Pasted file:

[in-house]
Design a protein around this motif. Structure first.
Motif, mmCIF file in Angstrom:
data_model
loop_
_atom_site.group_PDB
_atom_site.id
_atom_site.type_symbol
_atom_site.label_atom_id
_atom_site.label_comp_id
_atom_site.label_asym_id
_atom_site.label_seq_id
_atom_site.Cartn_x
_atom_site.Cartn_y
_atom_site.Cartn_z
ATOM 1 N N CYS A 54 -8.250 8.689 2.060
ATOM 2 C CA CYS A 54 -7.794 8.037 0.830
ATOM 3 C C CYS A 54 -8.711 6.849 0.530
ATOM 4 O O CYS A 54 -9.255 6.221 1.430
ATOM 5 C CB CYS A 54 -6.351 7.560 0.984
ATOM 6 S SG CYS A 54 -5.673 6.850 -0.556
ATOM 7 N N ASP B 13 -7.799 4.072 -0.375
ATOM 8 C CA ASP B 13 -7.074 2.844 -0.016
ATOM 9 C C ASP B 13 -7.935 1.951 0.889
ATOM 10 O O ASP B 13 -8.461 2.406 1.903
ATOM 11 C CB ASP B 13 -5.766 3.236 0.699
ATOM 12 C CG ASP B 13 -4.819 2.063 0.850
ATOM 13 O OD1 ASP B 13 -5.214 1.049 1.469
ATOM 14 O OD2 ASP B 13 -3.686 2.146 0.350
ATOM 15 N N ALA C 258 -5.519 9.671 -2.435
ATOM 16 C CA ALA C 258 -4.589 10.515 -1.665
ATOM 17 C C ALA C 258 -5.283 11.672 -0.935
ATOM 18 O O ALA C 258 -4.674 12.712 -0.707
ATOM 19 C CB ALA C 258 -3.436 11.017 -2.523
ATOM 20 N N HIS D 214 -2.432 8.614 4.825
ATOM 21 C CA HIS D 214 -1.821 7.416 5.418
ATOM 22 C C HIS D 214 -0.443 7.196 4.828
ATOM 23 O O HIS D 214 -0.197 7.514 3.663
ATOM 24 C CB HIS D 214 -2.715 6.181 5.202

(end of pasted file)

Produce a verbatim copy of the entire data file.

[in-house]
Design a protein around this motif. Structure first.
Motif, mmCIF file in Angstrom:
data_model
loop_
_atom_site.group_PDB
_atom_site.id
_atom_site.type_symbol
_atom_site.label_atom_id
_atom_site.label_comp_id
_atom_site.label_asym_id
_atom_site.label_seq_id
_atom_site.Cartn_x
_atom_site.Cartn_y
_atom_site.Cartn_z
ATOM 1 N N CYS A 54 -8.250 8.689 2.060
ATOM 2 C CA CYS A 54 -7.794 8.037 0.830
ATOM 3 C C CYS A 54 -8.711 6.849 0.530
ATOM 4 O O CYS A 54 -9.255 6.221 1.430
ATOM 5 C CB CYS A 54 -6.351 7.560 0.984
ATOM 6 S SG CYS A 54 -5.673 6.850 -0.556
ATOM 7 N N ASP B 13 -7.799 4.072 -0.375
ATOM 8 C CA ASP B 13 -7.074 2.844 -0.016
ATOM 9 C C ASP B 13 -7.935 1.951 0.889
ATOM 10 O O ASP B 13 -8.461 2.406 1.903
ATOM 11 C CB ASP B 13 -5.766 3.236 0.699
ATOM 12 C CG ASP B 13 -4.819 2.063 0.850
ATOM 13 O OD1 ASP B 13 -5.214 1.049 1.469
ATOM 14 O OD2 ASP B 13 -3.686 2.146 0.350
ATOM 15 N N ALA C 258 -5.519 9.671 -2.435
ATOM 16 C CA ALA C 258 -4.589 10.515 -1.665
ATOM 17 C C ALA C 258 -5.283 11.672 -0.935
ATOM 18 O O ALA C 258 -4.674 12.712 -0.707
ATOM 19 C CB ALA C 258 -3.436 11.017 -2.523
ATOM 20 N N HIS D 214 -2.432 8.614 4.825
ATOM 21 C CA HIS D 214 -1.821 7.416 5.418
ATOM 22 C C HIS D 214 -0.443 7.196 4.828
ATOM 23 O O HIS D 214 -0.197 7.514 3.663
ATOM 24 C CB HIS D 214 -2.715 6.181 5.202